Two long serving stalwarts of the Skegness Carnival are standing down after more than 20 years devoted to the town.
Brian and Julie Chapman were credited for rescuing the carnival from closure when the town council curtailed its involvement and helped grow it from a one off parade to the extensive calendar of events it is today.
But now, after two decades of service, the dedicated couple are finally taking some time for themselves.
“It feels strange,” said Julie.
“It’s been our life for so long.”
Looking back on their fondest carnival moments, Brian says the Red Arrows fly-past and the RAF Falcons display were both highlights of his time in charge.
“The whole of Skegness came to a stand still,” he said.
“There wasn’t a car in the road - everyone was looking at the skies.”
Throughout their years at the helm, Skegness Carnival has grown to incorporate a week long programme of free, family orientated attractions.
Along with the many gala days and fundraisers throughout the year which make the summer events possible, the carnival has been praised for bringing thousands of visitors to the town.
Skegness East Coast and Wolds Hoteliers Association’s chairman Nigel Tett says his guests regularly base their stays on when the carnival is taking place.
“I think they’ve contributed greatly to one of the main tourist milestones of the season,” he said.
Brian and Julie say that coach companies and holidaymakers contact them from Boxing Day onwards asking about the next year’s dates so they can book their visits accordingly.
“I think the town would be a lot quieter without the carnival,” said Brian.
Though they are taking a step back from their duties, the couple say they will always be available, whenever the committee needs their advice.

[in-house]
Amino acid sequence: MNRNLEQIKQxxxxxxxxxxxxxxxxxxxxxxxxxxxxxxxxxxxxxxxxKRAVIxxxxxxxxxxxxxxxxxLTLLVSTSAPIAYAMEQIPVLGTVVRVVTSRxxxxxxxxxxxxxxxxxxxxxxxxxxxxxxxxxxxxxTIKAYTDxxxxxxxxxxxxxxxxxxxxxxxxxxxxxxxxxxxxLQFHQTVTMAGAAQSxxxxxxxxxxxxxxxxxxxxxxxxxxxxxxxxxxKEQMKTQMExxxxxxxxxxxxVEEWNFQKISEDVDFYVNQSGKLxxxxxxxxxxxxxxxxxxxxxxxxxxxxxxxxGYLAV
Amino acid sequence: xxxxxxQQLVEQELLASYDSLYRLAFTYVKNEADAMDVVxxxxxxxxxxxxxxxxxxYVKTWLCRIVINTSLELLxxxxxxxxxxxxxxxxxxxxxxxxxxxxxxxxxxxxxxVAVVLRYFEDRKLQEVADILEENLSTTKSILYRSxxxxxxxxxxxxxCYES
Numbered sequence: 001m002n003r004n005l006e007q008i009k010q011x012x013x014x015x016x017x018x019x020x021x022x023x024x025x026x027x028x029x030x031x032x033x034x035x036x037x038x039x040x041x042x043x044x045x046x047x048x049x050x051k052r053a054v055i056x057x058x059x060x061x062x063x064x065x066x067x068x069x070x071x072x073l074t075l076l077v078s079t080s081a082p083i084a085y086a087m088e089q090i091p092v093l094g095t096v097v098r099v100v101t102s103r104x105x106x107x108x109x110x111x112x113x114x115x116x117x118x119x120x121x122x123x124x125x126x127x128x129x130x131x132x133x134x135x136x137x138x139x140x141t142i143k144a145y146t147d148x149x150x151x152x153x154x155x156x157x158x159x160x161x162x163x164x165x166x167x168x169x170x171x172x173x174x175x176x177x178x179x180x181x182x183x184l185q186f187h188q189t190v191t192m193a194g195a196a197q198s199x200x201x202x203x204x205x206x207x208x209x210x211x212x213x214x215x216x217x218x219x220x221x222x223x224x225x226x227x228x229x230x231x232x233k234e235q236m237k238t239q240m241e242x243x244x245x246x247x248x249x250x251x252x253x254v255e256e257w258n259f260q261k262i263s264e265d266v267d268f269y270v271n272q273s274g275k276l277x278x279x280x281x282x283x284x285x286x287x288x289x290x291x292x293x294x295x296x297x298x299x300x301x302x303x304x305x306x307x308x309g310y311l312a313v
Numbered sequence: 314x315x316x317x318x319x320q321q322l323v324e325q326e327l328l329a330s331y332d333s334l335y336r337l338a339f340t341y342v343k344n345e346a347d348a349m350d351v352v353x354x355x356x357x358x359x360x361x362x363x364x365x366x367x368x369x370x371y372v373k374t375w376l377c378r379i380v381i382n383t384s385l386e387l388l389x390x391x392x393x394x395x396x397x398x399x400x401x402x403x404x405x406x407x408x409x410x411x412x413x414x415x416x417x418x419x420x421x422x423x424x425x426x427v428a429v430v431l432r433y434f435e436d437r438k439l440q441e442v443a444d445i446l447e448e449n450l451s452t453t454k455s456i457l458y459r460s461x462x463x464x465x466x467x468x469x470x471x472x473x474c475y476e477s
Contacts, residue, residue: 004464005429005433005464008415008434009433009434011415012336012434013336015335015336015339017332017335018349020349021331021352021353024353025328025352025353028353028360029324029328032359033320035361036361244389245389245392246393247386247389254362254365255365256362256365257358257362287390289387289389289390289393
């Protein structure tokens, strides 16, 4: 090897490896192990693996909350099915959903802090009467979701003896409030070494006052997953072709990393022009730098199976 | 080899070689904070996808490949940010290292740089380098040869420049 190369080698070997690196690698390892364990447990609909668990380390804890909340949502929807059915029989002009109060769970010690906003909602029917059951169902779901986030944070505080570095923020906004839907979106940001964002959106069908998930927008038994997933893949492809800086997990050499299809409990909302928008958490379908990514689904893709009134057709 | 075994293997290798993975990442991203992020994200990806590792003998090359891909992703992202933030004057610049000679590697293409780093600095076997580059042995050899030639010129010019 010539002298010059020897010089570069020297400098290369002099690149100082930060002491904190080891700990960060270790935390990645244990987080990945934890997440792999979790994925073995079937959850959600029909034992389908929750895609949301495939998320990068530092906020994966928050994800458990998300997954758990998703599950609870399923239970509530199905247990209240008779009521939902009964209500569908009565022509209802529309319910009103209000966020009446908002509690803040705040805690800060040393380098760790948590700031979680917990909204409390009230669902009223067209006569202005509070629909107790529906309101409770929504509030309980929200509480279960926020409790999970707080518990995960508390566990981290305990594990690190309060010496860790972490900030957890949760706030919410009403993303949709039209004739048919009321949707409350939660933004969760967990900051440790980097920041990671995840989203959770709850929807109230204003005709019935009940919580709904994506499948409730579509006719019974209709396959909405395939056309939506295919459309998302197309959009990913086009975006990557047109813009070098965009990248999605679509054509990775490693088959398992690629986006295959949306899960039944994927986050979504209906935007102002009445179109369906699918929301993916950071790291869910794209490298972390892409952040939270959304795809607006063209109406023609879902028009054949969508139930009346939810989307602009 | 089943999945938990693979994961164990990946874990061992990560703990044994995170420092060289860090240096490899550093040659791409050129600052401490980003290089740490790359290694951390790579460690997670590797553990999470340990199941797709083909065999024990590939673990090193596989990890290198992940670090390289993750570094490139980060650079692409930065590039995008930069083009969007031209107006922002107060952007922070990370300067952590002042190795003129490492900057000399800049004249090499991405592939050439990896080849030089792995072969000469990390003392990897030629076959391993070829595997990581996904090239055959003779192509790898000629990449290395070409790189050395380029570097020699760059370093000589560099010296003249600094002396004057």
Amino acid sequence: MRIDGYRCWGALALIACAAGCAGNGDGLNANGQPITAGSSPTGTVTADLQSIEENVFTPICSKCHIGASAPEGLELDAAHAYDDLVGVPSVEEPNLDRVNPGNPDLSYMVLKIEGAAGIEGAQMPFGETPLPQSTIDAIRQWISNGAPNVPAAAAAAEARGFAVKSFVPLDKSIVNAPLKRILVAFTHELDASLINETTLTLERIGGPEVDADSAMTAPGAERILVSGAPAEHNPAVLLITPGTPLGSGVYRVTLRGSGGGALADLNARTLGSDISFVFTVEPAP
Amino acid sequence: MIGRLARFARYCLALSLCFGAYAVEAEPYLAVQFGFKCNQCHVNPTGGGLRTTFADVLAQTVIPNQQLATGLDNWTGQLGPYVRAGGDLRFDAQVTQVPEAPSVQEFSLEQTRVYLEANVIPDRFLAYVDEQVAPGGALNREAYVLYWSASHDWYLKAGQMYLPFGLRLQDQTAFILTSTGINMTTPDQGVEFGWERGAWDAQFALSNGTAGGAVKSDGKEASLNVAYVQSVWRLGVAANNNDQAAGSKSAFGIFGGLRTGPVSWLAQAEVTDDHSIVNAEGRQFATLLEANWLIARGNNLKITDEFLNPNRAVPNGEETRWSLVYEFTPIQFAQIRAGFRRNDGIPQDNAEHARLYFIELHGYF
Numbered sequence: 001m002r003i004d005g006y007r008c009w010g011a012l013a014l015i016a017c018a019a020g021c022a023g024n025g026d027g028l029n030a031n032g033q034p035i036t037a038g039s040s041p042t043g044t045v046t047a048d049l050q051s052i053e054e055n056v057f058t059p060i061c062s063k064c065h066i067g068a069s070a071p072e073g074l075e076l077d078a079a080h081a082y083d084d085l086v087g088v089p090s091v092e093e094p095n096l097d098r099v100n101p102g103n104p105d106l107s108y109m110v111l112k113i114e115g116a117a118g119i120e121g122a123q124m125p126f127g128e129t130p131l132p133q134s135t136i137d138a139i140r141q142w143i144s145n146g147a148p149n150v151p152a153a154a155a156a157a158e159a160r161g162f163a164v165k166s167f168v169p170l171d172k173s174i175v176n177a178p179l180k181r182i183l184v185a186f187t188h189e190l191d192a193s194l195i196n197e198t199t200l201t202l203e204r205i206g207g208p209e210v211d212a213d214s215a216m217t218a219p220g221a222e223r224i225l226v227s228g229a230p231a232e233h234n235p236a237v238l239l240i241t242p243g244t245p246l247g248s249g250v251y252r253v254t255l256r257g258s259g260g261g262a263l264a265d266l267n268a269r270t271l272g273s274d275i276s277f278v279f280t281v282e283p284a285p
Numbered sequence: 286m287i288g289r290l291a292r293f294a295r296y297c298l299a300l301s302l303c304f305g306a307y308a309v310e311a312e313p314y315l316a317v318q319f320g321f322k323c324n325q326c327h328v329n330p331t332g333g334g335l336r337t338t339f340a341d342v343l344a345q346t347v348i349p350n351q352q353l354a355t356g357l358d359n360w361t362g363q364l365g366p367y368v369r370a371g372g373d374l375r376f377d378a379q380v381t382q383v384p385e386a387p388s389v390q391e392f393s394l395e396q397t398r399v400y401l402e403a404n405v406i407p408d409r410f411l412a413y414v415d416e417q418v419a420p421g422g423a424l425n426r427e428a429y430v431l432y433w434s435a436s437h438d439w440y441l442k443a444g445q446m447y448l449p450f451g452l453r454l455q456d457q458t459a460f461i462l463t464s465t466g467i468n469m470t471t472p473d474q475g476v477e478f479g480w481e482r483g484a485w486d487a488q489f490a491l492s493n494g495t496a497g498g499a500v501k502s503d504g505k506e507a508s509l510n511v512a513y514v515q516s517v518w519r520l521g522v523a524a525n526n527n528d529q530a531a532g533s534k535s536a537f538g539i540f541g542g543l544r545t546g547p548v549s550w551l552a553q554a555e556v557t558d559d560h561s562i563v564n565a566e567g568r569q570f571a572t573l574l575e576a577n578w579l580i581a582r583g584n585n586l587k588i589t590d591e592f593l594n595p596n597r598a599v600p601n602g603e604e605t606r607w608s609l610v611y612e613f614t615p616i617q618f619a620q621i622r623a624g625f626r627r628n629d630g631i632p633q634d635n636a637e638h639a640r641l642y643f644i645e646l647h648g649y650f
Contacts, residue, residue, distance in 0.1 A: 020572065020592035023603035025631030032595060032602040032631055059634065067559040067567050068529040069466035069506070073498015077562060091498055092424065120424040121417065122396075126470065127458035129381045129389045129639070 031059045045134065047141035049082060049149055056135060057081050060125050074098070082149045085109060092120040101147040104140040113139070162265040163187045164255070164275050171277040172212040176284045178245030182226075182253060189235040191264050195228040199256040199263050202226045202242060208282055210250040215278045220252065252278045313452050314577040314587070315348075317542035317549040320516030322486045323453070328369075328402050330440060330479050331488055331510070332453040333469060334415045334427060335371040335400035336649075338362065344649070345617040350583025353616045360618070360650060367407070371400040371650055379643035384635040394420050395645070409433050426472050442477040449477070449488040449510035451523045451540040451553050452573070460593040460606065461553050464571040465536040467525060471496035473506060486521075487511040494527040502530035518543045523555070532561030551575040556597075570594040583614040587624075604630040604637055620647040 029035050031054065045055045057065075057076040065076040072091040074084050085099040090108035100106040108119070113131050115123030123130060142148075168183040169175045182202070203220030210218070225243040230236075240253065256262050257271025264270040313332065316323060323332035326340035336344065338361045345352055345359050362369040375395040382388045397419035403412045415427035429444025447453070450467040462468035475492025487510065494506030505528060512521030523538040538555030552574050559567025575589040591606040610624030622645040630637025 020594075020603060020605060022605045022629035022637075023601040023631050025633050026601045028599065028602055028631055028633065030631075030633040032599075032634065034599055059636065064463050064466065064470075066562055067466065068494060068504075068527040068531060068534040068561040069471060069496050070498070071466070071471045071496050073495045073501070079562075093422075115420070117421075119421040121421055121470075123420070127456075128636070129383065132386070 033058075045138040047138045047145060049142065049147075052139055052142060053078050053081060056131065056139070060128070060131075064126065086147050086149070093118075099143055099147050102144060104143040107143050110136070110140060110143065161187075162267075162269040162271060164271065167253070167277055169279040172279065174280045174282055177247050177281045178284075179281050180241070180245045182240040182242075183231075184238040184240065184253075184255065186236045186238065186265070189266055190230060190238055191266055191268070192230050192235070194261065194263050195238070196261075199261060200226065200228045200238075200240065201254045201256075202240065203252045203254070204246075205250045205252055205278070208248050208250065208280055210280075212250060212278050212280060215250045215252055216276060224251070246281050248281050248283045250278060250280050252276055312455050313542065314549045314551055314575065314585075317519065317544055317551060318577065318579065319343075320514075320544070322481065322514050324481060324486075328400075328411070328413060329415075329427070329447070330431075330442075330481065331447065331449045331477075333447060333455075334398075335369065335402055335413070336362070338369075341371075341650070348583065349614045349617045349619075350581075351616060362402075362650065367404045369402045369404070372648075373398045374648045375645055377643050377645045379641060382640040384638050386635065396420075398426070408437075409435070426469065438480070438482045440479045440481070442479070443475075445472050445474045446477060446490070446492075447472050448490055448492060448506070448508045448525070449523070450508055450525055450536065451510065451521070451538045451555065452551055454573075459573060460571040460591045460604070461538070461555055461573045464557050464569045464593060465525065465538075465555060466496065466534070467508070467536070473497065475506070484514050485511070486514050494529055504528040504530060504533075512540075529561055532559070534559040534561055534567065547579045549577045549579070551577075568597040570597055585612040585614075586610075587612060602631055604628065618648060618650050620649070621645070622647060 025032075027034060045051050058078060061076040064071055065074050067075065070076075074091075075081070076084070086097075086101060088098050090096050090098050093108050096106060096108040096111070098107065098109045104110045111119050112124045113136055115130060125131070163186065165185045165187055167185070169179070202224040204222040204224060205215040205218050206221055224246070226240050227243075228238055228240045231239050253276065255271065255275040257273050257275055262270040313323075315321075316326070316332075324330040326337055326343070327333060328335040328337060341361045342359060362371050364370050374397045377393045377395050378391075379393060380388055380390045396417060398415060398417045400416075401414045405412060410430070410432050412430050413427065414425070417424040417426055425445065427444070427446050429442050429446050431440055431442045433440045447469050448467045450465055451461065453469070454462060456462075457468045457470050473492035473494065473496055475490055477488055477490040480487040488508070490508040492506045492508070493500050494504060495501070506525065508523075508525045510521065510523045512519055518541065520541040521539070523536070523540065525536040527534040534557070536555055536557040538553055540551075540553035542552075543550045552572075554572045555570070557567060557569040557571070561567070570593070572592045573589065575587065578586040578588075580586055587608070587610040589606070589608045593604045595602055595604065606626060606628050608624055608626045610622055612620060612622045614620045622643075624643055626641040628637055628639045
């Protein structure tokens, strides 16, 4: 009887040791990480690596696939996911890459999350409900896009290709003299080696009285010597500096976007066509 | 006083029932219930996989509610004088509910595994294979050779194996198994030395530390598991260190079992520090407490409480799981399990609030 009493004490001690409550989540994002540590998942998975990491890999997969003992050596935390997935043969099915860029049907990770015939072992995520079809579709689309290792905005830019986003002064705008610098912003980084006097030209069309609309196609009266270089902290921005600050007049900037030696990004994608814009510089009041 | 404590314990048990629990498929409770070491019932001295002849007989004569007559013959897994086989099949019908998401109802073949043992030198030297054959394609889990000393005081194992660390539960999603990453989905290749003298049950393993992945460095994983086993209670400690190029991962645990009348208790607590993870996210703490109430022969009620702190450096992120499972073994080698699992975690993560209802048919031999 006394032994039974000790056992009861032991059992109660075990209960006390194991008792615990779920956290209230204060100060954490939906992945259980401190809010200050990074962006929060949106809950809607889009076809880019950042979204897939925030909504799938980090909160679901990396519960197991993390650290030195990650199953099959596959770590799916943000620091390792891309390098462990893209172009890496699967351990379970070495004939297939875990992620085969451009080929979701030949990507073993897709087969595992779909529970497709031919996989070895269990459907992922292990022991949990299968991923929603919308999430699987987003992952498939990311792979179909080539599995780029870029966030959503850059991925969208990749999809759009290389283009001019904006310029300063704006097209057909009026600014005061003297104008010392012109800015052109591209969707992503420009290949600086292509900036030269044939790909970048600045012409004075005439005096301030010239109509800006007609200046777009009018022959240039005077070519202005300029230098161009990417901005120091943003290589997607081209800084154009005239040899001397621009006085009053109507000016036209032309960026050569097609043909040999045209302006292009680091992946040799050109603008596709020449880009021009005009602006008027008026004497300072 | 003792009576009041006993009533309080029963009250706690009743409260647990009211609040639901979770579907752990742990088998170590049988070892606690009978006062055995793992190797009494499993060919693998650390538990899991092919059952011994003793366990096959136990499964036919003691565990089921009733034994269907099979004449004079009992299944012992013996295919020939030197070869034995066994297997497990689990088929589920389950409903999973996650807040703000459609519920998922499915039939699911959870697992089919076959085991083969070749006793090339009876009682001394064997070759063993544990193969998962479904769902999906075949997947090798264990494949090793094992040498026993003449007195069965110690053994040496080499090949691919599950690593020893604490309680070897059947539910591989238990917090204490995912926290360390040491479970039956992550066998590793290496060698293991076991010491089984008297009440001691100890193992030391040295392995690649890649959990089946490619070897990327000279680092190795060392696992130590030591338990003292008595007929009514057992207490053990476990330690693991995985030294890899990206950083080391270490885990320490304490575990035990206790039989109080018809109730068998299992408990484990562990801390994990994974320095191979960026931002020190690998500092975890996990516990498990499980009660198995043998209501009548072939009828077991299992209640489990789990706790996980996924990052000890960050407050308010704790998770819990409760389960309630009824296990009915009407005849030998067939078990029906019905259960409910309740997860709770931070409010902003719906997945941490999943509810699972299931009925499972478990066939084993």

“We’ve always looked at the committee as being like one big family,” said Julie.
Committee chairman Kris Bell has expressed his ‘utmost respect and admiration’ for his predecessors and thanked them for all their tireless support.
“Brian and Julie have been an absolute rock, not just for the carnival but for the Skegness community,” he said.
“I’ve got nothing but the utmost respect and admiration for them both.
“Brian is an absolute inspiration for me - I took over the chair and to be honest if I could do have as good a job as he has done I think I’ll be doing OK.”
Although the events have become more costly and difficult to arrange due to the increased rules and regulations organisers are made to comply with, Brian believes there will always be a future for the carnival so long as the people of Skegness show their support.
“Whenever people criticise the carnival I always say it’s only as good as the people that take part,” he said.
The couple say they are looking forward to having more time to pursue their hobbies, which include steam fairs, vintage rail events and painting.